Support » Plugin: W3 Total Cache » Self-hosted CDN: benefit of using another server as opposed to a sub-domain?

  • Resolved xberg

    (@xberg)



    Hello,

    All articles explaining how to set up a self-hosted CDN explain that I should create a sub-domain (cdn.example.com) on my machine. This seems strange to me.

    I have contracts with 2 hosts, so would I not be better off creating a CDN on the other host, thereby creating a better parallel processing (as opposed to hitting twice the same machine)?

    Is there any research into this subject? So far I never saw such a setup recommended.

    Thanks,

    Blaise

    http://wordpress.org/extend/plugins/w3-total-cache/

Viewing 3 replies - 1 through 3 (of 3 total)
  • Well, technically, a single machine isn’t really a CDN (content distribution network). A CDN works by caching data at multiple locations near the “edge” of the Internet (ie at the clients ISP). This achieves two things, first it cuts the latency involved in serving assets, which contributes to better page rendering times, second, it takes load off the central server.

    W3TC’s “CDN” functionality can also be leveraged to serve static assets off another server or hostname, which can still be useful but has some downsides as well.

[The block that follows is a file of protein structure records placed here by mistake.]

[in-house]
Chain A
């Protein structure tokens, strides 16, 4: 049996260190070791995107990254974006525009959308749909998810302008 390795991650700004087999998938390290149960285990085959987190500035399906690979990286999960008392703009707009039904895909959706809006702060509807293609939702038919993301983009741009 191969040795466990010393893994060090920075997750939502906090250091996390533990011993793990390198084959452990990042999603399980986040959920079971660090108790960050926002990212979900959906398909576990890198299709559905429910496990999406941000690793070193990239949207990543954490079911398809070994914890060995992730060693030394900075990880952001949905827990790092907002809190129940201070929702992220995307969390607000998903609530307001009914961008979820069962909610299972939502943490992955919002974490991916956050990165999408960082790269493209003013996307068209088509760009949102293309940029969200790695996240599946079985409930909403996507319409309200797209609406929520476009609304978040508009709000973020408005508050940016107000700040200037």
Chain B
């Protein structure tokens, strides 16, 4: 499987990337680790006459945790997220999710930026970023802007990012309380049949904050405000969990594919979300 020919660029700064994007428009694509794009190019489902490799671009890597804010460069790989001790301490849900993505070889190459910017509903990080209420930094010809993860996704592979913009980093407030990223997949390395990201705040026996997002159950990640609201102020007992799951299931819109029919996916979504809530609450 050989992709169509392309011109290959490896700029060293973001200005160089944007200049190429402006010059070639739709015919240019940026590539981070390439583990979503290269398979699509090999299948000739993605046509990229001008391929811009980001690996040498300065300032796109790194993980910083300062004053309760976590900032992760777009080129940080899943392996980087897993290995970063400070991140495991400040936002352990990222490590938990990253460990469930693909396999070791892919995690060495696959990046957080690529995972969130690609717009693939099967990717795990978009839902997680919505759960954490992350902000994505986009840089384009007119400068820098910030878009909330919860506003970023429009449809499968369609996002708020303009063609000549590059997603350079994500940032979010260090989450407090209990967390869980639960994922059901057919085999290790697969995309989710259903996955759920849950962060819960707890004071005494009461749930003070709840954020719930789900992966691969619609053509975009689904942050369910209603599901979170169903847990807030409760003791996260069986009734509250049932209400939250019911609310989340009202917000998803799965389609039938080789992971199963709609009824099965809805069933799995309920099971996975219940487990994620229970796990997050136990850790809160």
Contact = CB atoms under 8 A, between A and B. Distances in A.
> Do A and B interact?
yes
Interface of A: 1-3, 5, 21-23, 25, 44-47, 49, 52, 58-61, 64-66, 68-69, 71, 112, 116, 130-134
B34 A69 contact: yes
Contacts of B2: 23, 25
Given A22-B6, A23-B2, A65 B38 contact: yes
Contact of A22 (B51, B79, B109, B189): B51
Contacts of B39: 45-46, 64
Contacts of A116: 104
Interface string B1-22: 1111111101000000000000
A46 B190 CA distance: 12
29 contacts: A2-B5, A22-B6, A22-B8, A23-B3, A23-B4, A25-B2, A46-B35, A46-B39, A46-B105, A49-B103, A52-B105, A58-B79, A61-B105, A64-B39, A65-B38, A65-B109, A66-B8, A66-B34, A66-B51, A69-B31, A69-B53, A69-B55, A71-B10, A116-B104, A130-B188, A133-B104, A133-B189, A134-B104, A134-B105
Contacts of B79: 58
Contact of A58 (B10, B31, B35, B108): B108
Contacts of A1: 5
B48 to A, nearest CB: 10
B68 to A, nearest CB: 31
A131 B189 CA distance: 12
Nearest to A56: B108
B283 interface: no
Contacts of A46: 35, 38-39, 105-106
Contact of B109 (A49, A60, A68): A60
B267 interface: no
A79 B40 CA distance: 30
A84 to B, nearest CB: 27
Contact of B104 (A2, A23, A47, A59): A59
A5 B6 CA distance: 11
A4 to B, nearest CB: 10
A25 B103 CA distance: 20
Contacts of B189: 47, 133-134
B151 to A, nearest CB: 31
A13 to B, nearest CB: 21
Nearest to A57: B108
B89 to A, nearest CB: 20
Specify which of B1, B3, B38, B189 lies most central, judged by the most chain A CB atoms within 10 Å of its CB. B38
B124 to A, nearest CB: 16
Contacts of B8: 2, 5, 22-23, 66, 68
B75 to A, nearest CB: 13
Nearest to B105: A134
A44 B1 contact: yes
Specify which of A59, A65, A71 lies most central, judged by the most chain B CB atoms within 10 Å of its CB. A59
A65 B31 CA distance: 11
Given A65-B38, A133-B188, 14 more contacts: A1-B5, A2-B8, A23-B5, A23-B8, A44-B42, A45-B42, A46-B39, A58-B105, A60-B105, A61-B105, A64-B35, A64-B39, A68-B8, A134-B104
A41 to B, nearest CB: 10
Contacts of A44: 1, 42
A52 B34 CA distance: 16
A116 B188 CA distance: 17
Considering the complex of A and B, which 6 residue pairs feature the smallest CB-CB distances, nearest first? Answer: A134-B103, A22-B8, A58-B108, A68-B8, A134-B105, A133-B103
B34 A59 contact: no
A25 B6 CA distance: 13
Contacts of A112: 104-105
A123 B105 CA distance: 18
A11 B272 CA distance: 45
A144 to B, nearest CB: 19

On the upside, it allows you to utilize capacity from another server or host. In the past it was also useful in enabling more parallelism in filling requests for assets on a web page, but that is less of an advantage these days with HTTP chunking and pipelining. Another upside is that putting those assets on another hostname or an entirely different domain means that one can eliminate the overhead of cookies on requests and responses.

    The main downside is that serving from a separate domain name or hostname means that the request for the assets involves an extra DNS lookup and extra round-trip times setting up the TCP connection. I’m sure there are numerous studies on front-end performance that examine the tradeoffs. I’d expect though that the overhead of using a separate hostname for static assets is offset by the reduced latency when using a CDN, an offset you won’t get using a single server.

    Bottom line for you though: There probably isn’t a major difference between the two options you are considering unless your primary machine is limited by a bottleneck, but there may also be no advantage to splitting off your static assets.

    Best bet is probably to experiment with a few different configurations.

    Plugin Author Frederick Townes

    (@fredericktownes)

    @xberg, @especkman is correct. The real purpose of the self-hosted CDN considering the fact that it’s impossible to replicate the value of a true CDN with a single host (etc), is the ability to add additional pipelining and potentially a cookieless domain for static media in your site, which would realize a measurable performance improvement compared to doing nothing.

    Brilliant. Thanks!

Viewing 3 replies - 1 through 3 (of 3 total)
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